Crypto Guides

How Beneficial Are ‘Watchtowers’ In Diminishing Malicious Activity on Bitcoin LN?


The concept of watchtowers was originated from the Lightning Network (LN) and has improved drastically since its launch as Bitcoin’s Lightning Network seems to be growing at a large scale in the P2P payments system.

What are Watchtowers?

Watchtowers are fundamentally an ecosystem of third parties employed by the users to outsource monitoring the on-chain transactions of their lighting channels.

Watchtowers can be related to “watchdogs” of the Bitcoin blockchain that play the role of identifying and penalizing malicious users for cheating other users within the channel. Precisely, they verify whether a participant in a channel has properly broadcasted a prior channel state. If they find it malicious, they can claim back the funds after closing the LN channel with an invalid state.

Since it is a third-party service, they receive funds from their clients. The clients sometimes outsource the channel monitoring to multiple watchtowers, in case of failure from one. The LN channel users must check the status of correlation between off-chain channels and on-chain activity occasionally. Watchtowers 24/7 keep an eye on the security risk posed by any invalid LN channel, however.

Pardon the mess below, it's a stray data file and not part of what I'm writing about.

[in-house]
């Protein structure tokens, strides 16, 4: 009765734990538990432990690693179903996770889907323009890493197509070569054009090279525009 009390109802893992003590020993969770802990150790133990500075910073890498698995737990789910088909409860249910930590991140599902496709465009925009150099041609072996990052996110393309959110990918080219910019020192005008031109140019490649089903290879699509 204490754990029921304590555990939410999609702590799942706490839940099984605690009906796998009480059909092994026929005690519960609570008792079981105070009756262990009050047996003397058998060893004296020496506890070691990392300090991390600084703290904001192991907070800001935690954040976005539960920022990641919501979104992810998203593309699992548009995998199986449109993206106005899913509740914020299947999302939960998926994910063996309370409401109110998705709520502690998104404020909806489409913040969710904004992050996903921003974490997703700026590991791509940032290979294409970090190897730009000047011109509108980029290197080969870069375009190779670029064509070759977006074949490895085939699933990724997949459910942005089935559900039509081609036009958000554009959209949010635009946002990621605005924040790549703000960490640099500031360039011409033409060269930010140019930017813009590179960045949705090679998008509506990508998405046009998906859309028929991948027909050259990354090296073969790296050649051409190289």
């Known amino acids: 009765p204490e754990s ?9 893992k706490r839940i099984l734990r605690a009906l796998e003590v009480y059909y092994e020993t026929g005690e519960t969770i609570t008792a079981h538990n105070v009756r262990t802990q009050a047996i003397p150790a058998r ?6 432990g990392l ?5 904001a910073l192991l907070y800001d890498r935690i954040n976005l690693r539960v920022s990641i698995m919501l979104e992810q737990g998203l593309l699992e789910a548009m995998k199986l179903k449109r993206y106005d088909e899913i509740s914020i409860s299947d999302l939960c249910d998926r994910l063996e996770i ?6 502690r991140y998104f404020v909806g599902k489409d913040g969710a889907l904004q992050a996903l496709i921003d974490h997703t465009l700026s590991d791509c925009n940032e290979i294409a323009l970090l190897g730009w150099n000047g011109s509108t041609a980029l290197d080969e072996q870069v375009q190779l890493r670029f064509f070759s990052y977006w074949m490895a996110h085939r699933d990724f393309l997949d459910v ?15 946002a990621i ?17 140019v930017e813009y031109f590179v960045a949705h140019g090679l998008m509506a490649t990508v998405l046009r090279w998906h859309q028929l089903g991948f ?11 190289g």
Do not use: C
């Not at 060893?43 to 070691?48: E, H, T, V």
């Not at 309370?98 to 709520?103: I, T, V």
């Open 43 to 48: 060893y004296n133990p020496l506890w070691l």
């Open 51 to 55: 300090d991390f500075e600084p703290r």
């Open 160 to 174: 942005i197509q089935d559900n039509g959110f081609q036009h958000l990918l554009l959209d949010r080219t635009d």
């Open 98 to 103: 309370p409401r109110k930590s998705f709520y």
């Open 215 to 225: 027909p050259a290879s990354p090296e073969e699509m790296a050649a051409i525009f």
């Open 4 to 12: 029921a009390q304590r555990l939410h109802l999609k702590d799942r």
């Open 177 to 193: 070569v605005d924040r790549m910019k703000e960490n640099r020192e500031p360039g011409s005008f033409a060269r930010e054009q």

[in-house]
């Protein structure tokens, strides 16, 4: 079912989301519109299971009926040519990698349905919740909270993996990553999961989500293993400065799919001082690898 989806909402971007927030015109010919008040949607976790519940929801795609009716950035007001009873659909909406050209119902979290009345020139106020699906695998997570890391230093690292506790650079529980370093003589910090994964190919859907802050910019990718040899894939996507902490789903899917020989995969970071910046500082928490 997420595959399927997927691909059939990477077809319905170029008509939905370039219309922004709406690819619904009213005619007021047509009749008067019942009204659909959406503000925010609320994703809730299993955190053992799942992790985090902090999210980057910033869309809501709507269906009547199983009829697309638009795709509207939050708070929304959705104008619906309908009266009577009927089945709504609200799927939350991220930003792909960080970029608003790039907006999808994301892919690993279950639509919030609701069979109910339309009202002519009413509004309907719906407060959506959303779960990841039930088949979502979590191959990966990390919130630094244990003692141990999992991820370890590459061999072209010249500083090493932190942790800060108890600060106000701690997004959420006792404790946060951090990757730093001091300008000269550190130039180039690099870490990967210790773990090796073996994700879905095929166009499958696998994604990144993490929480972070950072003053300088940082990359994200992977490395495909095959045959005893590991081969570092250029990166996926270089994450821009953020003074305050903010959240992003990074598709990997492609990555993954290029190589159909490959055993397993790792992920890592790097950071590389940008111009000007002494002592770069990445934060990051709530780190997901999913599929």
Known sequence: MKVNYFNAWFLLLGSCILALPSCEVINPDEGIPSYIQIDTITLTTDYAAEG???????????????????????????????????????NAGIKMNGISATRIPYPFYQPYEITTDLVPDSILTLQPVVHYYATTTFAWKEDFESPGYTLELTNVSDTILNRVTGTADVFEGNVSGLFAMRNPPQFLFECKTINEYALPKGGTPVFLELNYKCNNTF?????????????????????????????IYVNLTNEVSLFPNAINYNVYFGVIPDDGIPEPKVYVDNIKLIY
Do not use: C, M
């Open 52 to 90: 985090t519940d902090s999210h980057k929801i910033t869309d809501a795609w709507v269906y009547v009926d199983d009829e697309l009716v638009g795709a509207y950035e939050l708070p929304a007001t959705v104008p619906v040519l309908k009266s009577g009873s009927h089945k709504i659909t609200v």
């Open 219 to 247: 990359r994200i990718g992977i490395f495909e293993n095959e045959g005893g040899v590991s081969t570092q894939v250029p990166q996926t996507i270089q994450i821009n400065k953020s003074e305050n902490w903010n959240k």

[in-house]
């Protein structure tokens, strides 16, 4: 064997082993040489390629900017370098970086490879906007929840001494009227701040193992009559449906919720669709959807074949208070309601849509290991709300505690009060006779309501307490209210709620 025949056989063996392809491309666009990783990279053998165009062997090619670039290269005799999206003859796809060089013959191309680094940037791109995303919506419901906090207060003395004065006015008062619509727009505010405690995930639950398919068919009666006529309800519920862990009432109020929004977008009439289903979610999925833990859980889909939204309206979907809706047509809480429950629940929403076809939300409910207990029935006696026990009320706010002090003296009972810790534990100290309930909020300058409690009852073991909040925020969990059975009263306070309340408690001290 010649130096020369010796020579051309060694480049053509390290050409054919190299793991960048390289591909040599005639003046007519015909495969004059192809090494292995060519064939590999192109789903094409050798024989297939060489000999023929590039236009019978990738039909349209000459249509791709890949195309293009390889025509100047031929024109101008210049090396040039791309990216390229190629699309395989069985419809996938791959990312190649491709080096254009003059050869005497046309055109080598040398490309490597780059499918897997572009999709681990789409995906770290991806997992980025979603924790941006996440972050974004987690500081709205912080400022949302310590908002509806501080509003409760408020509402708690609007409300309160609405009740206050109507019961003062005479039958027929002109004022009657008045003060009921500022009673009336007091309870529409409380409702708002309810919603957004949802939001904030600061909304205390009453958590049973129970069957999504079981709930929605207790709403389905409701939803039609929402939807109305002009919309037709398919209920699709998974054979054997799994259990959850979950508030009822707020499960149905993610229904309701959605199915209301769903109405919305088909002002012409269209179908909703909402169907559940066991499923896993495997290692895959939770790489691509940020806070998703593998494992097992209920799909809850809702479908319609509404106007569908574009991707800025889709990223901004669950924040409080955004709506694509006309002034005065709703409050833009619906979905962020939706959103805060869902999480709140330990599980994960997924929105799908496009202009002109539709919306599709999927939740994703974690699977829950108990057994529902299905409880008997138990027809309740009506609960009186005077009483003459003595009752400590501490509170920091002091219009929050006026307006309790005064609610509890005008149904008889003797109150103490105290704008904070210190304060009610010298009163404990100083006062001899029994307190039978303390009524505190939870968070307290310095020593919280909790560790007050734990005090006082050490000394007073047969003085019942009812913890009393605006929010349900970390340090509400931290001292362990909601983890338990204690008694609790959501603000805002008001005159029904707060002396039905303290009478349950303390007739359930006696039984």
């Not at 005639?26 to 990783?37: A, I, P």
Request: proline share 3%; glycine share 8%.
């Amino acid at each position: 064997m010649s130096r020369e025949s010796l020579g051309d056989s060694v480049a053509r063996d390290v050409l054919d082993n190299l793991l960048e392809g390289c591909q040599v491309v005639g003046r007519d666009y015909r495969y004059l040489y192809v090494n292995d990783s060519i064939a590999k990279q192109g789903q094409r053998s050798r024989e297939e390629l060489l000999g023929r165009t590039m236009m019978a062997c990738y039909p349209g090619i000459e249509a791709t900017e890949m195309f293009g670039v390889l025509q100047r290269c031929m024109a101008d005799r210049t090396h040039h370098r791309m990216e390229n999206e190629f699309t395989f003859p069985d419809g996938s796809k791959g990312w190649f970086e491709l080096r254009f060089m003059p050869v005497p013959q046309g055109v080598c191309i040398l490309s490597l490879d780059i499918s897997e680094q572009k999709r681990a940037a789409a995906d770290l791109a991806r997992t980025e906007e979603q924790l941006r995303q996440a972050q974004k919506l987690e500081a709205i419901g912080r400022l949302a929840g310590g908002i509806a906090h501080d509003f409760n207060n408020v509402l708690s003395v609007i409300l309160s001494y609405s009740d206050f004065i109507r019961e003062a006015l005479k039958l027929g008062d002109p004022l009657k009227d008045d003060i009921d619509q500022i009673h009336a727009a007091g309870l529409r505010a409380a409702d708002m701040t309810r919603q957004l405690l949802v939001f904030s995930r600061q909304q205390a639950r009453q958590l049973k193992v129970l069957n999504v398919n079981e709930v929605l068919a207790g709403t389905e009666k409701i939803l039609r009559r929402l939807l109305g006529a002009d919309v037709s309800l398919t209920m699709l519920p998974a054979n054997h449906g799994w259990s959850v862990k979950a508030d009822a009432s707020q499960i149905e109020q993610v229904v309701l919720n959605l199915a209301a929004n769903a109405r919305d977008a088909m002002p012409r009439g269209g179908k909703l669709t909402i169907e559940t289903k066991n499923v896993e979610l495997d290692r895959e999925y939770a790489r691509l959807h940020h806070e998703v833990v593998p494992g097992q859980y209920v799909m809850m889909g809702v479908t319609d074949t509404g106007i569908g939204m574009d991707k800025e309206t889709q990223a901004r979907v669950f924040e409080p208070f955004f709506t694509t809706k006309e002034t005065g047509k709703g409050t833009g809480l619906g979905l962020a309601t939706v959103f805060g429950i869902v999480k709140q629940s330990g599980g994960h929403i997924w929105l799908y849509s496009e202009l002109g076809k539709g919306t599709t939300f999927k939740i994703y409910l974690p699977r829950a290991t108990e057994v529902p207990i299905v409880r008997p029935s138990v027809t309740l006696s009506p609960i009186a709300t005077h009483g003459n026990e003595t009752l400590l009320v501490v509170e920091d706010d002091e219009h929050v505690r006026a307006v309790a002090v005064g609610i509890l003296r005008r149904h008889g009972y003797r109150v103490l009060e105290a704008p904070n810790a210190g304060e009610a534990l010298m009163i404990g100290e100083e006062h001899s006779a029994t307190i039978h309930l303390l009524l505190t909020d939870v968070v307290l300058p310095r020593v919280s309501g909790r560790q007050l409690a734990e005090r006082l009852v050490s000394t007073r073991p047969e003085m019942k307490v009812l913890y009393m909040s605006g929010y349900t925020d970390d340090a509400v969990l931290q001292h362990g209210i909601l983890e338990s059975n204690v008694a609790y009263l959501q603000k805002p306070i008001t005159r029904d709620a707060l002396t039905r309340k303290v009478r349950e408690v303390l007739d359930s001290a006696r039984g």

How Exactly do Watchtowers Work? 

In simple terms, watchtowers are third parties that monitor their clients’ Bitcoin blockchain all day long. They check for any ambiguity between on-chain and off-chain channels with invalid states.

Here is a basic flow of how watchtower mechanism functions between two users in a common payment channel.

  • Joe sends a few Bitcoins to Jeff and updates the state channel within their channel.
  • Additionally, Joe sends a hint of the transaction to a watchtower to keep an eye on the transaction without disclosing its contents.
  • Moreover, Joe sends her signature to the watchtower to pre-authorize the channel funds, allowing it to be sent back in case of a channel breach.
  • The watchtower then cross-verifies the hints received from the client (Joe) and the Bitcoin blockchain.
  • If the watchtower identifies a channel breach by Jeff through an invalid state broadcast, a penalty transaction is created using Joe’s signature and finally reverses the channel funds back to him.

Hence, Joe is protected from a channel breach without having to be online as it was taken care of by the watchtowers.

Development and Challenges

The watchtower market is still in the development stage and is yet to be accepted in the mainstream as the lighting network is gradually inching into a more extensive P2P payment system using Bitcoin.

That said, researchers and enthusiasts believe that this field will provide a compelling future for LN watchtowers. We are uncertain how much-biased will users be towards using the watchtower services, but for the security assurances they provide, it is worth to be considered.

The service enabled by watchtowers would undoubtedly take away the abstract of complexity in components from the users, but considerable progress in both time and developments is vital when aiming for high-end features in the lighting network.

In conclusion, the fact that watchtowers present a prospective thinking approach to security risks imposed by the evolving Bitcoin indicates a sustainable ecosystem in the future.